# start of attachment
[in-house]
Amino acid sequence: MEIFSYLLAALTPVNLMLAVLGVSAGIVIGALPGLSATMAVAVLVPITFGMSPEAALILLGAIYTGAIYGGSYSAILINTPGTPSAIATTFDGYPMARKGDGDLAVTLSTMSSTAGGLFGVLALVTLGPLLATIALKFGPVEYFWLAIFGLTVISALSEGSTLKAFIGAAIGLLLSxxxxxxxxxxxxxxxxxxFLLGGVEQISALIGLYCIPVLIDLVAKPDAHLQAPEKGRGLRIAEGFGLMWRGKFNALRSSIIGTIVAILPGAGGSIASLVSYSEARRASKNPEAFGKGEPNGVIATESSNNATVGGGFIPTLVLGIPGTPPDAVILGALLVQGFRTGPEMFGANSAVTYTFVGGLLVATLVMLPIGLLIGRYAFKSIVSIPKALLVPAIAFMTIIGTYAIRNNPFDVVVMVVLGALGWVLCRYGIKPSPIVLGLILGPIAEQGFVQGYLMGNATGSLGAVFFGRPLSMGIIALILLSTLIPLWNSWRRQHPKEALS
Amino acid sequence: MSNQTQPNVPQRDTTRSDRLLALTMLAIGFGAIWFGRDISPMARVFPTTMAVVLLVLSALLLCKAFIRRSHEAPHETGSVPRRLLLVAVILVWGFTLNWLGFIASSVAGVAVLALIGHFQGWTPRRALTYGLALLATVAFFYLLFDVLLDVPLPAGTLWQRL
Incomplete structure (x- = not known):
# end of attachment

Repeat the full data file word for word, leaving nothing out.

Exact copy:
[in-house]
Amino acid sequence: MEIFSYLLAALTPVNLMLAVLGVSAGIVIGALPGLSATMAVAVLVPITFGMSPEAALILLGAIYTGAIYGGSYSAILINTPGTPSAIATTFDGYPMARKGDGDLAVTLSTMSSTAGGLFGVLALVTLGPLLATIALKFGPVEYFWLAIFGLTVISALSEGSTLKAFIGAAIGLLLSxxxxxxxxxxxxxxxxxxFLLGGVEQISALIGLYCIPVLIDLVAKPDAHLQAPEKGRGLRIAEGFGLMWRGKFNALRSSIIGTIVAILPGAGGSIASLVSYSEARRASKNPEAFGKGEPNGVIATESSNNATVGGGFIPTLVLGIPGTPPDAVILGALLVQGFRTGPEMFGANSAVTYTFVGGLLVATLVMLPIGLLIGRYAFKSIVSIPKALLVPAIAFMTIIGTYAIRNNPFDVVVMVVLGALGWVLCRYGIKPSPIVLGLILGPIAEQGFVQGYLMGNATGSLGAVFFGRPLSMGIIALILLSTLIPLWNSWRRQHPKEALS
Amino acid sequence: MSNQTQPNVPQRDTTRSDRLLALTMLAIGFGAIWFGRDISPMARVFPTTMAVVLLVLSALLLCKAFIRRSHEAPHETGSVPRRLLLVAVILVWGFTLNWLGFIASSVAGVAVLALIGHFQGWTPRRALTYGLALLATVAFFYLLFDVLLDVPLPAGTLWQRL
Incomplete structure (x- = not known):